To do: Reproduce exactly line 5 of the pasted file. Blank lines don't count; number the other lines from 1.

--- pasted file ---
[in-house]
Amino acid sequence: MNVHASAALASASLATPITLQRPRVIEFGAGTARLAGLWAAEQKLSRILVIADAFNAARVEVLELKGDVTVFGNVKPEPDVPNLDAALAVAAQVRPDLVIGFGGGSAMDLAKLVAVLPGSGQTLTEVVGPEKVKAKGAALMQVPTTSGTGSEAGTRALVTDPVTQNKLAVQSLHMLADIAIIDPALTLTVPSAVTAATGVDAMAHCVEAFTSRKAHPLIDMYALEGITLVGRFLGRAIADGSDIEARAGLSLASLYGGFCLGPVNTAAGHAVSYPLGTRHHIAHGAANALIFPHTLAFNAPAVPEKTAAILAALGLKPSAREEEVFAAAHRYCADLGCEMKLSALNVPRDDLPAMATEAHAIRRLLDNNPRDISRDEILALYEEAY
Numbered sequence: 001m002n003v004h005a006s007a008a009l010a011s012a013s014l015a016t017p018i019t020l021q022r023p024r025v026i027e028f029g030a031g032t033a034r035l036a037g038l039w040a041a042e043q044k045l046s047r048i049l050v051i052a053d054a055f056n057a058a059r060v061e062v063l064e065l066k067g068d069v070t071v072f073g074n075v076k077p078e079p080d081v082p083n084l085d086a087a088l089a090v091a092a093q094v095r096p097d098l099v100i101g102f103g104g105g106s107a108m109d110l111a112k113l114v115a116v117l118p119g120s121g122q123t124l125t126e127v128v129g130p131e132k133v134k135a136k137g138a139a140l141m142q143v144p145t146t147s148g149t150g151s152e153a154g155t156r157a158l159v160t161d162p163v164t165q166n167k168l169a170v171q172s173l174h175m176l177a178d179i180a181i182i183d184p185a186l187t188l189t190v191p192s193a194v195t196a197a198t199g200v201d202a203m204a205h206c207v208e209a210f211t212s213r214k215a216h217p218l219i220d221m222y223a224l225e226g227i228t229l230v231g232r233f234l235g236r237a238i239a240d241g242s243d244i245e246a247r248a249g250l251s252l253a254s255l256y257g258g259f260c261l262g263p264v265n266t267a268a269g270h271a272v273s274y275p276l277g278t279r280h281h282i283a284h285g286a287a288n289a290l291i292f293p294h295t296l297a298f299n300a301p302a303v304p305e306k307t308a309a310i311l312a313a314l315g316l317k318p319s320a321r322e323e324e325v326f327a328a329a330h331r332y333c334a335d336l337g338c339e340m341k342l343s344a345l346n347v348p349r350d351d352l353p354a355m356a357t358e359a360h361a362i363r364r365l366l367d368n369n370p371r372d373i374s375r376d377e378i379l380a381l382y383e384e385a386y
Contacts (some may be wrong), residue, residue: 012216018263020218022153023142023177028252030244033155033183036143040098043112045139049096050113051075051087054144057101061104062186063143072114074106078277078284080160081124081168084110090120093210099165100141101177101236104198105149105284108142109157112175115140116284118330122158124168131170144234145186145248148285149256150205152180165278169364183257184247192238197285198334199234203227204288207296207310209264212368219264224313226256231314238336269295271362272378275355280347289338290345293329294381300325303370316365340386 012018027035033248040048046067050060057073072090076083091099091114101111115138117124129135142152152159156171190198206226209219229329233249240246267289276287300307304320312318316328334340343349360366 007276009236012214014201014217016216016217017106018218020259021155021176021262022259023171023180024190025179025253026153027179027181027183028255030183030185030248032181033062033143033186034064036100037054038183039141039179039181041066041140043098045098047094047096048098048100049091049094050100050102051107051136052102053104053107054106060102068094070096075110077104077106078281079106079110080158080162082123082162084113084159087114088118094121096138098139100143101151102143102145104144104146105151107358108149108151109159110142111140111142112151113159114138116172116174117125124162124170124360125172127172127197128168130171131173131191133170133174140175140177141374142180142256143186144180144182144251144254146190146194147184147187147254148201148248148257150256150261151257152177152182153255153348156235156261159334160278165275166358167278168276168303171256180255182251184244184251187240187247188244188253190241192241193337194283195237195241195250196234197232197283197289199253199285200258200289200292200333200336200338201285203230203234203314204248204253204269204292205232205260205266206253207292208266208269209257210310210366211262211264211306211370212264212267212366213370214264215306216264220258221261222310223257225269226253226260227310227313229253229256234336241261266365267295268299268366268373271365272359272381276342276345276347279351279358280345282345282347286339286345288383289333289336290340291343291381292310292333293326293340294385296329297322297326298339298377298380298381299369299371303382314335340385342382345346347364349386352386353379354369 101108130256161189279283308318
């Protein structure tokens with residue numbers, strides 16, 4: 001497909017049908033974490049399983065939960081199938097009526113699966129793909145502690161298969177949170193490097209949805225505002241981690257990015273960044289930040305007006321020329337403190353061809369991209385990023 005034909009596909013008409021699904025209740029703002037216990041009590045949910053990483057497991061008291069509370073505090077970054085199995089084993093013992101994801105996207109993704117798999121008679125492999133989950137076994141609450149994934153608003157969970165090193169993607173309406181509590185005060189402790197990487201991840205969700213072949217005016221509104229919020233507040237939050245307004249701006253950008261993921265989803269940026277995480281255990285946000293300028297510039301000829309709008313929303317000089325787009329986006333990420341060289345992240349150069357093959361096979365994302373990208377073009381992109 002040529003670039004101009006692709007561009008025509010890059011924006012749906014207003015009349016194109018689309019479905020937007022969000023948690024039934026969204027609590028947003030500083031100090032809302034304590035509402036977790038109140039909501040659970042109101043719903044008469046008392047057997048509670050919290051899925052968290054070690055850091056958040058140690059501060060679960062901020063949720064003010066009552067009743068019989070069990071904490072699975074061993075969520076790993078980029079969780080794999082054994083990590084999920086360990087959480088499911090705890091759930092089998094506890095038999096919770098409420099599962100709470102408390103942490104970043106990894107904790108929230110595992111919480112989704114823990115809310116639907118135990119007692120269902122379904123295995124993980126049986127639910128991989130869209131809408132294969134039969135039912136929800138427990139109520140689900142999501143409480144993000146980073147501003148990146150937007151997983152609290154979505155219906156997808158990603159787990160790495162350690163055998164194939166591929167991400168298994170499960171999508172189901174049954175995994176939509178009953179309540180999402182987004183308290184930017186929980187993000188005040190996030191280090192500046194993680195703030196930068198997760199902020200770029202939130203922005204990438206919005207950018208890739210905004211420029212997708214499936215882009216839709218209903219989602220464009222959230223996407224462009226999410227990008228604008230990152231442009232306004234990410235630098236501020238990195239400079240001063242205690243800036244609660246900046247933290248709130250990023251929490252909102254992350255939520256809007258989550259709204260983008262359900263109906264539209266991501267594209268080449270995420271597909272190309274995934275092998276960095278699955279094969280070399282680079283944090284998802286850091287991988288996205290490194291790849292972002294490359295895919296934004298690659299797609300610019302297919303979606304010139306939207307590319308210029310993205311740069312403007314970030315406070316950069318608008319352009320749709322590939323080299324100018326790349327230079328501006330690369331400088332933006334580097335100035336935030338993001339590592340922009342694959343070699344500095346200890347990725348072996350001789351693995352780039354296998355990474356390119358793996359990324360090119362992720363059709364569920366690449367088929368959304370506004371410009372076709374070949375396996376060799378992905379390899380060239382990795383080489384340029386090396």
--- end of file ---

């Protein structure tokens with residue numbers, strides 16, 4: 001497909017049908033974490049399983065939960081199938097009526113699966129793909145502690161298969177949170193490097209949805225505002241981690257990015273960044289930040305007006321020329337403190353061809369991209385990023 005034909009596909013008409021699904025209740029703002037216990041009590045949910053990483057497991061008291069509370073505090077970054085199995089084993093013992101994801105996207109993704117798999121008679125492999133989950137076994141609450149994934153608003157969970165090193169993607173309406181509590185005060189402790197990487201991840205969700213072949217005016221509104229919020233507040237939050245307004249701006253950008261993921265989803269940026277995480281255990285946000293300028297510039301000829309709008313929303317000089325787009329986006333990420341060289345992240349150069357093959361096979365994302373990208377073009381992109 002040529003670039004101009006692709007561009008025509010890059011924006012749906014207003015009349016194109018689309019479905020937007022969000023948690024039934026969204027609590028947003030500083031100090032809302034304590035509402036977790038109140039909501040659970042109101043719903044008469046008392047057997048509670050919290051899925052968290054070690055850091056958040058140690059501060060679960062901020063949720064003010066009552067009743068019989070069990071904490072699975074061993075969520076790993078980029079969780080794999082054994083990590084999920086360990087959480088499911090705890091759930092089998094506890095038999096919770098409420099599962100709470102408390103942490104970043106990894107904790108929230110595992111919480112989704114823990115809310116639907118135990119007692120269902122379904123295995124993980126049986127639910128991989130869209131809408132294969134039969135039912136929800138427990139109520140689900142999501143409480144993000146980073147501003148990146150937007151997983152609290154979505155219906156997808158990603159787990160790495162350690163055998164194939166591929167991400168298994170499960171999508172189901174049954175995994176939509178009953179309540180999402182987004183308290184930017186929980187993000188005040190996030191280090192500046194993680195703030196930068198997760199902020200770029202939130203922005204990438206919005207950018208890739210905004211420029212997708214499936215882009216839709218209903219989602220464009222959230223996407224462009226999410227990008228604008230990152231442009232306004234990410235630098236501020238990195239400079240001063242205690243800036244609660246900046247933290248709130250990023251929490252909102254992350255939520256809007258989550259709204260983008262359900263109906264539209266991501267594209268080449270995420271597909272190309274995934275092998276960095278699955279094969280070399282680079283944090284998802286850091287991988288996205290490194291790849292972002294490359295895919296934004298690659299797609300610019302297919303979606304010139306939207307590319308210029310993205311740069312403007314970030315406070316950069318608008319352009320749709322590939323080299324100018326790349327230079328501006330690369331400088332933006334580097335100035336935030338993001339590592340922009342694959343070699344500095346200890347990725348072996350001789351693995352780039354296998355990474356390119358793996359990324360090119362992720363059709364569920366690449367088929368959304370506004371410009372076709374070949375396996376060799378992905379390899380060239382990795383080489384340029386090396």